WASHINGTON -- A U.S. official told ABC News that there was another attack on a U.S. base in eastern Syria Friday, following a drone attack on Thursday, but that no damage or injuries resulted from the most recent attack.
The official said the Friday attack was from indirect fire, which typically means it was a rocket attack.
The U.S. military conducted retaliatory airstrikes in eastern Syria on Thursday against Iranian-backed groups after a drone strike targeting a U.S. base in the region killed a U.S. contractor and injured six others, including five U.S. service members, the Pentagon said.
"Earlier today, a U.S. contractor was killed and five U.S. service members and one additional U.S. contractor were wounded after a one-way unmanned aerial vehicle struck a maintenance facility on a Coalition base near Hasakah in northeast Syria at approximately 1:38 p.m. local time," the Pentagon said in a statement.
Two of the wounded service members were treated on site, while the other four Americans were medically evacuated to Coalition medical facilities in Iraq, officials said. A U.S. official confirmed to ABC News that both contractors were American.
U.S. intelligence assessed that the one-way attack drone that struck the base was Iranian in origin, according to the statement.
"At the direction of President [Joe] Biden, I authorized U.S. Central Command forces to conduct precision airstrikes tonight in eastern Syria against facilities used by groups affiliated with Iran's Islamic Revolutionary Guards Corps (IRGC)," Defense Secretary Lloyd J. Austin III said in the statement, issued late Thursday.
"The airstrikes were conducted in response to today's attack, as well as a series of recent attacks against Coalition forces in Syria by groups affiliated with the IRGC," he added.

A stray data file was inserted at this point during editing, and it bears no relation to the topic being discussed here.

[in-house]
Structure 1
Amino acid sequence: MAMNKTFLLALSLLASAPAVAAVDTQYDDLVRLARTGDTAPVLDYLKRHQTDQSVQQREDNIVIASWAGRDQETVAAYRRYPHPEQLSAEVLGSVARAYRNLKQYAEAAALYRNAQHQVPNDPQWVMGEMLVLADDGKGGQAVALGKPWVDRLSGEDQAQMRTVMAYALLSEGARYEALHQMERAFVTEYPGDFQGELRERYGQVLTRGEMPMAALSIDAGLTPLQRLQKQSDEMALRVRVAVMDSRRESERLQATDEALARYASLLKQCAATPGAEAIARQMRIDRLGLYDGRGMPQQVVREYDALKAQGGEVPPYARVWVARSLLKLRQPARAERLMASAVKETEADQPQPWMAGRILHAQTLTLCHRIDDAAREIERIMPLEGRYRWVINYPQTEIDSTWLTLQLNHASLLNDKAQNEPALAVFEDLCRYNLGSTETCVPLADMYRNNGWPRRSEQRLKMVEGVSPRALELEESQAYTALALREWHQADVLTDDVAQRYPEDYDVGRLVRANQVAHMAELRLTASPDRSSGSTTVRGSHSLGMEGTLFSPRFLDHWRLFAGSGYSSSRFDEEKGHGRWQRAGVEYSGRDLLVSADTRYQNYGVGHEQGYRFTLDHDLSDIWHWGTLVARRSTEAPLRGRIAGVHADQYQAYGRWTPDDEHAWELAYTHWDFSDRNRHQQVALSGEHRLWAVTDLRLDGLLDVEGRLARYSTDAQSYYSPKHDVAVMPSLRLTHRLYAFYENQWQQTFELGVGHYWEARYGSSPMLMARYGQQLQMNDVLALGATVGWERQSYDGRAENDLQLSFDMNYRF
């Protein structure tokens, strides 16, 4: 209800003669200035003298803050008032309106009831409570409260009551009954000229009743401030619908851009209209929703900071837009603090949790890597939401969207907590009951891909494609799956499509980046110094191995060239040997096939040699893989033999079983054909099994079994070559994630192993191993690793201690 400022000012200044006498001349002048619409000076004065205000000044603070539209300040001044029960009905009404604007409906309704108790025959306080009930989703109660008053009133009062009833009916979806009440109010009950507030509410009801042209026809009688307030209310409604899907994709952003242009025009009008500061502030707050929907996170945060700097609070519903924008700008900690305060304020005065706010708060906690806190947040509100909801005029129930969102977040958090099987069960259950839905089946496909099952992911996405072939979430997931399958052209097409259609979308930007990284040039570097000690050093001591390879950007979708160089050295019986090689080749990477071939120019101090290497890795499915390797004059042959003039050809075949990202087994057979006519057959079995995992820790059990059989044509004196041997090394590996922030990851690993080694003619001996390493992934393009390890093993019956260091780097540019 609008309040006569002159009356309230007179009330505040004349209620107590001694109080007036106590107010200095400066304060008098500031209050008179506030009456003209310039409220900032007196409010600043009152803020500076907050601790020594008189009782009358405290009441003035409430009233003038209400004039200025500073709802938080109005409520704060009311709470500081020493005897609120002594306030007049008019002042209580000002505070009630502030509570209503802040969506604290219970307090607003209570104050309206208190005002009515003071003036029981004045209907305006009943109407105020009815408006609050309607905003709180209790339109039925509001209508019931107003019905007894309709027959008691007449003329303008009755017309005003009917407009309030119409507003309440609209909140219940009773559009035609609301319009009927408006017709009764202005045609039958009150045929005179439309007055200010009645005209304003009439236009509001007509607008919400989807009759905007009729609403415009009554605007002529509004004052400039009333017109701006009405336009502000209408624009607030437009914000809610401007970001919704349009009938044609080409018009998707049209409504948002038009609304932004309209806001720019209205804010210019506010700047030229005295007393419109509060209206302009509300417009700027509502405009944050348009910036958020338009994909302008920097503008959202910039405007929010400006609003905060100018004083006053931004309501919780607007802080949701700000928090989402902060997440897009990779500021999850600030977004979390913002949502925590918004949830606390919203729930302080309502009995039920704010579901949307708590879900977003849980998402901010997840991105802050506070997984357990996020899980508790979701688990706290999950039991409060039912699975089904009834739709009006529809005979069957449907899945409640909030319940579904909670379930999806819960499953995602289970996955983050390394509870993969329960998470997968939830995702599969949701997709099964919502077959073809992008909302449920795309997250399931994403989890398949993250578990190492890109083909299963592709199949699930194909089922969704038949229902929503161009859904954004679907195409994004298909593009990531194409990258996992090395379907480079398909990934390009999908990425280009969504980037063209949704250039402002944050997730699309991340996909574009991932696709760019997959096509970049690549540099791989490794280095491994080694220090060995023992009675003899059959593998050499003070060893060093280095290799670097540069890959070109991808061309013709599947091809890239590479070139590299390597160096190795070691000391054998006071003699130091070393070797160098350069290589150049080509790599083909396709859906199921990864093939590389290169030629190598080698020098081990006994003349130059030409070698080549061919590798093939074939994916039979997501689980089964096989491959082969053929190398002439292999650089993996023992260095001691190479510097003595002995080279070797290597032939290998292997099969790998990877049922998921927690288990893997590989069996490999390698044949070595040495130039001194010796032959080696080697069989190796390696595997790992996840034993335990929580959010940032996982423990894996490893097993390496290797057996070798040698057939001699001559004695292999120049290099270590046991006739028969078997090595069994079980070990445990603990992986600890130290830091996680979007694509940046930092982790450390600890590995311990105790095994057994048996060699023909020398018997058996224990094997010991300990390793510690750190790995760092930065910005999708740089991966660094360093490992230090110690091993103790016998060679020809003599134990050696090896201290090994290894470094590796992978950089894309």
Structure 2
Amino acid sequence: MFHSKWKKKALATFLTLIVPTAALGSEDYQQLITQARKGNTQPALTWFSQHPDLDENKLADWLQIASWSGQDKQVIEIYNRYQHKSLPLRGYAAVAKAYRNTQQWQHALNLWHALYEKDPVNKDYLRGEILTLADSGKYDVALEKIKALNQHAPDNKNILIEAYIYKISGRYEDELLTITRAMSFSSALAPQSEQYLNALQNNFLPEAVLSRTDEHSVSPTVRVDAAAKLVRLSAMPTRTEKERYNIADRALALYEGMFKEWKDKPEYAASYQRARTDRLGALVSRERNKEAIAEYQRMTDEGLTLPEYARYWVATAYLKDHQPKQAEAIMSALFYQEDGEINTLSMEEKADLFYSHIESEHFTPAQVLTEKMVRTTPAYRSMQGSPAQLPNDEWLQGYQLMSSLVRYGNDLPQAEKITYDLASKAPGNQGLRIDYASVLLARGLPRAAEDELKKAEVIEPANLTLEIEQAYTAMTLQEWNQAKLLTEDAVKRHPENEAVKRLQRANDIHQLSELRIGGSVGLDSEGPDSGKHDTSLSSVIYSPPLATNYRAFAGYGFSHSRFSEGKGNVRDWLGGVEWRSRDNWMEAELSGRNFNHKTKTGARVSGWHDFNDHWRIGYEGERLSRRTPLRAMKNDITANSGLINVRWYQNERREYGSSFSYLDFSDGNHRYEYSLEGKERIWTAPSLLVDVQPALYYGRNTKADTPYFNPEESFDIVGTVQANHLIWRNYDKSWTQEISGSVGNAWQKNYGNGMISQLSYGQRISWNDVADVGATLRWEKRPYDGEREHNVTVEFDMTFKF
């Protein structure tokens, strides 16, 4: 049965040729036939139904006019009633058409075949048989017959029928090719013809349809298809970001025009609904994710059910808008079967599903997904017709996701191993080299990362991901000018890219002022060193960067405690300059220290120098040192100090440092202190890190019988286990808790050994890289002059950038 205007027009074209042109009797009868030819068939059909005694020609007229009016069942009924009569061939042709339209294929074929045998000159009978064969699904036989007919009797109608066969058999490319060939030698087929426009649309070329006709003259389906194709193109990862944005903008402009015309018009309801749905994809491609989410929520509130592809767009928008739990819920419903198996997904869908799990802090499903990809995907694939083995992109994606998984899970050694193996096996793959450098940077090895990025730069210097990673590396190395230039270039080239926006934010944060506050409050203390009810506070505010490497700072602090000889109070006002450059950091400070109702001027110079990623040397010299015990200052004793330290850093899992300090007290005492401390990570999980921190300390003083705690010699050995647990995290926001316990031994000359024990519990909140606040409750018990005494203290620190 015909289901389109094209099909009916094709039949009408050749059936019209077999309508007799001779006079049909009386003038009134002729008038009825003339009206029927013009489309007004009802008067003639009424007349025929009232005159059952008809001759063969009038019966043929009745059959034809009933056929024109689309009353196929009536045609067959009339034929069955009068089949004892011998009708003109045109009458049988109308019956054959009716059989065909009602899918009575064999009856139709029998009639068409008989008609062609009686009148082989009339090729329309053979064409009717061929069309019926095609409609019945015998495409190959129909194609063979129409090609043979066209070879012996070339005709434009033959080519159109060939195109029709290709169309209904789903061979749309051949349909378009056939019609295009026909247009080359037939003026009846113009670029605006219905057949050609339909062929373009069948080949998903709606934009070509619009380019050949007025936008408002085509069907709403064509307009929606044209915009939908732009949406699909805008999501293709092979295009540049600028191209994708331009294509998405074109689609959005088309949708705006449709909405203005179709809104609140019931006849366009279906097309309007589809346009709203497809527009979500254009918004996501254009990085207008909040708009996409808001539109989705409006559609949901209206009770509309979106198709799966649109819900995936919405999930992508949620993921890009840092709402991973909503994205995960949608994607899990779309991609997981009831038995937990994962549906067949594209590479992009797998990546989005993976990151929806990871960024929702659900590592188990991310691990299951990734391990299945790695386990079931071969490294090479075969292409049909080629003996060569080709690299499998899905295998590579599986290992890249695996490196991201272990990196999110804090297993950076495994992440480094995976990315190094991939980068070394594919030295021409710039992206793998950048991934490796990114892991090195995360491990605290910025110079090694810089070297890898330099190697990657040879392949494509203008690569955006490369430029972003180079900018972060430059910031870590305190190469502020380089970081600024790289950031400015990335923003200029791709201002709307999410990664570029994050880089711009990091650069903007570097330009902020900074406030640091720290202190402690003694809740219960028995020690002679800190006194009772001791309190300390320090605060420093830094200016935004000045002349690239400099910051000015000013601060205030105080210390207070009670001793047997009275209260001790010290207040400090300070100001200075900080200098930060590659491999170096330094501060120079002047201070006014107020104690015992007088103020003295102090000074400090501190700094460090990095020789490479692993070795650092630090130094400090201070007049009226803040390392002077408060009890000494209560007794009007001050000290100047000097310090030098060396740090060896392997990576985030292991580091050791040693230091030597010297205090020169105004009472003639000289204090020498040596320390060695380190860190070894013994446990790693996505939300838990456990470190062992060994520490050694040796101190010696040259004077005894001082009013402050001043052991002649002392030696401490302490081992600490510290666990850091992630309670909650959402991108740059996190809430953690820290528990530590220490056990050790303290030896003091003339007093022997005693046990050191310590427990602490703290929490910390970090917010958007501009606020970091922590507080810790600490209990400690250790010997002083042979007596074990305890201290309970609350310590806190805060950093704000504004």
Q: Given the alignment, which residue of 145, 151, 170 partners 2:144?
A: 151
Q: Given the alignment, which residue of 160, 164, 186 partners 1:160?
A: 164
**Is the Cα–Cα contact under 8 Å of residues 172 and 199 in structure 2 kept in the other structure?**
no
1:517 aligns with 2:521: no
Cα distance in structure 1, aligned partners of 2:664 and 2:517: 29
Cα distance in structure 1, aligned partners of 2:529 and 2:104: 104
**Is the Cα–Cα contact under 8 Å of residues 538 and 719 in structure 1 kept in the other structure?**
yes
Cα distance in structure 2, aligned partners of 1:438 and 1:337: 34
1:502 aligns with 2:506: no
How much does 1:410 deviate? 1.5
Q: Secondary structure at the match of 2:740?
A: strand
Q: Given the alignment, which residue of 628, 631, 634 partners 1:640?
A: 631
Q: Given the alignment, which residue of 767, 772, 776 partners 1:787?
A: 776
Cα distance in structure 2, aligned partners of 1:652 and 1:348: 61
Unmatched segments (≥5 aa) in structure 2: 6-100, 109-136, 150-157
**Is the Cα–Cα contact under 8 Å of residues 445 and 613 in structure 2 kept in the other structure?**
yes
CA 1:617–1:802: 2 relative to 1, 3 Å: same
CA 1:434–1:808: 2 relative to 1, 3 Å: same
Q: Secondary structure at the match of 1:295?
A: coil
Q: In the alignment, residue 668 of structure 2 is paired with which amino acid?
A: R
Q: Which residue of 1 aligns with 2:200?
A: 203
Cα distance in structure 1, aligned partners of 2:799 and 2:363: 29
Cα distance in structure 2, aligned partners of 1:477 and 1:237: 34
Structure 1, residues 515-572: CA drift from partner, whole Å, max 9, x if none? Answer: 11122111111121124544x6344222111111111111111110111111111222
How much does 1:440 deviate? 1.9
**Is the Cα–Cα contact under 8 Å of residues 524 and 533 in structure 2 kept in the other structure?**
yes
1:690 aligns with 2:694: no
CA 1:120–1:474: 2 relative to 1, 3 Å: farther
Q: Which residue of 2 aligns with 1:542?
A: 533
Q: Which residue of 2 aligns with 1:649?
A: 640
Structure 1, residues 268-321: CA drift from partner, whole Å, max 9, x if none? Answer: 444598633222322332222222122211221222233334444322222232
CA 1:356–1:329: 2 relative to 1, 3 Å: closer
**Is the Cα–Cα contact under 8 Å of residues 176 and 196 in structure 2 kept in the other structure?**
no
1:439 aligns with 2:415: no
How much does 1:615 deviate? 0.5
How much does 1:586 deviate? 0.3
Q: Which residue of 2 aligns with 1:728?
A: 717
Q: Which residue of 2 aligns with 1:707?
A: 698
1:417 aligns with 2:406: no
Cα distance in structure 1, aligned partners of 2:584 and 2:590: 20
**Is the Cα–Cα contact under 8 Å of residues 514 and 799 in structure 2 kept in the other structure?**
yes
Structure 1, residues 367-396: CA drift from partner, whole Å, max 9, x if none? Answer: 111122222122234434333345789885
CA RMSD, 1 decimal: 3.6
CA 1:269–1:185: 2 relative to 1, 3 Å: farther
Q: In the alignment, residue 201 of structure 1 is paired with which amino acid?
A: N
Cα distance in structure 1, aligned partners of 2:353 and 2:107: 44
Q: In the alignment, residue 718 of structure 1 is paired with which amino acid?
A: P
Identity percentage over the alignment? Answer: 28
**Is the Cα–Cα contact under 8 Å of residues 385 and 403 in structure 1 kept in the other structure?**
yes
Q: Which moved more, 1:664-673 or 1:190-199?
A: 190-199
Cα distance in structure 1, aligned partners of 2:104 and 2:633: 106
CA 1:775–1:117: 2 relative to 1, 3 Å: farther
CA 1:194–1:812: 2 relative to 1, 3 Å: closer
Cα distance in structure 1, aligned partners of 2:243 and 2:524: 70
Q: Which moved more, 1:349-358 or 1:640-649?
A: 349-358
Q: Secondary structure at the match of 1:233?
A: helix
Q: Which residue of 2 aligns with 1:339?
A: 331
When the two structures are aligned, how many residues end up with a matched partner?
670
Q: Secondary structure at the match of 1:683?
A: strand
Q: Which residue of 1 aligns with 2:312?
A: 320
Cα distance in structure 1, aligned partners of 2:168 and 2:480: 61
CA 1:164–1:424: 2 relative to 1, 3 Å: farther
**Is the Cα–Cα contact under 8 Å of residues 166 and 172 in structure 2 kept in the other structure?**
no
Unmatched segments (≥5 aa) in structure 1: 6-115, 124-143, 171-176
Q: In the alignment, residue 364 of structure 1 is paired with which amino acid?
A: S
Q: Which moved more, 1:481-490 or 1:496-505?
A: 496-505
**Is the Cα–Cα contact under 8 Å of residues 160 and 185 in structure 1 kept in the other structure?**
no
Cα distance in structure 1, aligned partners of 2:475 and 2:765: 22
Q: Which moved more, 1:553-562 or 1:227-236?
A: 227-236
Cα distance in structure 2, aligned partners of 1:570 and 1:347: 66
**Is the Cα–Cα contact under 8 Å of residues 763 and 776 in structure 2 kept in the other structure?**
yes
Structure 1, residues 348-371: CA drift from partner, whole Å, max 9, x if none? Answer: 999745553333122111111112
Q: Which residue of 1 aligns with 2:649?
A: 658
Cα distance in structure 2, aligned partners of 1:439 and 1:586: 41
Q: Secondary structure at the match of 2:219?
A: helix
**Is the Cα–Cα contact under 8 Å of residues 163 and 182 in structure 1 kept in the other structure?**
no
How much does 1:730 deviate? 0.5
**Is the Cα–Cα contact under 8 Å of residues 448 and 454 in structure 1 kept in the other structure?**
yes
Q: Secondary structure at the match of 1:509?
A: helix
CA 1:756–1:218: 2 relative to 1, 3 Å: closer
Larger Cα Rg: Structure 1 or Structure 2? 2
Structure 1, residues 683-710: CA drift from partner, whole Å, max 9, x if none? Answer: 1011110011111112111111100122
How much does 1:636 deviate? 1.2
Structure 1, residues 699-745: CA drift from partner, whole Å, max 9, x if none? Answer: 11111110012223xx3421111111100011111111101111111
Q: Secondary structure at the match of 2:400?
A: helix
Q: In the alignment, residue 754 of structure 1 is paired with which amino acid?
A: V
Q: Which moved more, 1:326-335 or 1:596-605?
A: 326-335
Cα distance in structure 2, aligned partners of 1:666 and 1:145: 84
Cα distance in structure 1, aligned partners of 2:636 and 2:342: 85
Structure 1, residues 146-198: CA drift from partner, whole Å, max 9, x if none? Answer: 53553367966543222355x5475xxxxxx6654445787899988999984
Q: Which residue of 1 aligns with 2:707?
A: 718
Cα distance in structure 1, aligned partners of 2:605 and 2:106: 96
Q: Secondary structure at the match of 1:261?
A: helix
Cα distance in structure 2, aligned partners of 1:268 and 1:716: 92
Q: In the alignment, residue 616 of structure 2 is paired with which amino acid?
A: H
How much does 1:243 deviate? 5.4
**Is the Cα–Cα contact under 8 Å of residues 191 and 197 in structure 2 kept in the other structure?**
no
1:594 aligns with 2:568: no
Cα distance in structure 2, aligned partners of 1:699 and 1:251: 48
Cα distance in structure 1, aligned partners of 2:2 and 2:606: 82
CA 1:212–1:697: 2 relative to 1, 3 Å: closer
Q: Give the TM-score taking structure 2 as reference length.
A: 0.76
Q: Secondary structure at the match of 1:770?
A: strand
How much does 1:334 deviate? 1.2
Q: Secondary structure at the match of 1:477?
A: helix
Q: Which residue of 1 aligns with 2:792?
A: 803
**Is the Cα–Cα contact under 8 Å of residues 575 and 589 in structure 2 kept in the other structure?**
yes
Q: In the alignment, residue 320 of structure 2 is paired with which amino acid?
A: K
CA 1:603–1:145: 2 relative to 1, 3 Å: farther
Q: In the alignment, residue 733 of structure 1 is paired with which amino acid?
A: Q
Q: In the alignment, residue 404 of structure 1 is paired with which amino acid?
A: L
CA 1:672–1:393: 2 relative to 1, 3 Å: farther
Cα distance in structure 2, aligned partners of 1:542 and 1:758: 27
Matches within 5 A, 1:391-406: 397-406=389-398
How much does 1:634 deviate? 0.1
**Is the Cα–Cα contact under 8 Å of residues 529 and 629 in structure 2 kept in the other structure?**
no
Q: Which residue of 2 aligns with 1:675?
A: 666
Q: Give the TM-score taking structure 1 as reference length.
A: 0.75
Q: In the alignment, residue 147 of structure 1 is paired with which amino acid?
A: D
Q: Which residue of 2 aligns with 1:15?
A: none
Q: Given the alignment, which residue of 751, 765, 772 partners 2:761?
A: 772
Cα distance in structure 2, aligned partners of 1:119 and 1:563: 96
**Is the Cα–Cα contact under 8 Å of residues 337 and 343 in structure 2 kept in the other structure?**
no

The U.S. has about 900 troops in eastern Syria providing assistance to Syrian Kurdish forces in preventing a resurgence of the Islamic State.
In recent months, some of the bases have been the target of drone attacks that had, in most instances, not led to injuries or physical damage. Iranian-backed groups in Syria are believed to have been responsible for these attacks.
"These precision strikes are intended to protect and defend U.S. personnel. The United States took proportionate and deliberate action intended to limit the risk of escalation and minimize casualties," the Pentagon statement read.
"As President Biden has made clear, we will take all necessary measures to defend our people and will always respond at a time and place of our choosing," Austin said. "No group will strike our troops with impunity."
"Our thoughts are with the family and colleagues of the contractor who was killed and with those who were wounded in the attack earlier today," the defense secretary added.
In a statement, U.S. Central Command leader Gen. Michael "Erik" Kurilla said, in part, that the U.S. "will always take all necessary measures to defend our people and will always respond at a time and place of our choosing. We are postured for scalable options in the face of any additional Iranian attacks."
"Our troops remain in Syria to ensure the enduring defeat of ISIS, which benefits the security and stability of not only Syria, but the entire region," he added.
During Thursday's House Armed Services Committee hearing focused on the Middle East and Africa, Kurilla was asked by Nebraska Rep. Don Bacon about the frequency of Iranian proxy attacks on U.S. forces.
There have been 78 such attacks since the beginning of 2021, according to Kurilla.
"It is periodic. We see periods where they will do more," he said
"So what Iran does to hide its hand is they use Iranian proxies -- that's under UAVs or rockets -- to be able to attack our forces in Iraq or Syria," Kurilla added.
ABC News analyst Mick Mulroy, former deputy assistant secretary of defense for the Middle East and retired CIA officer, said the U.S. "must strike back at the Iranian forces in Syria responsible for these attacks to such an extent that they know the consequences of killing and injuring Americans will not be worth the costs."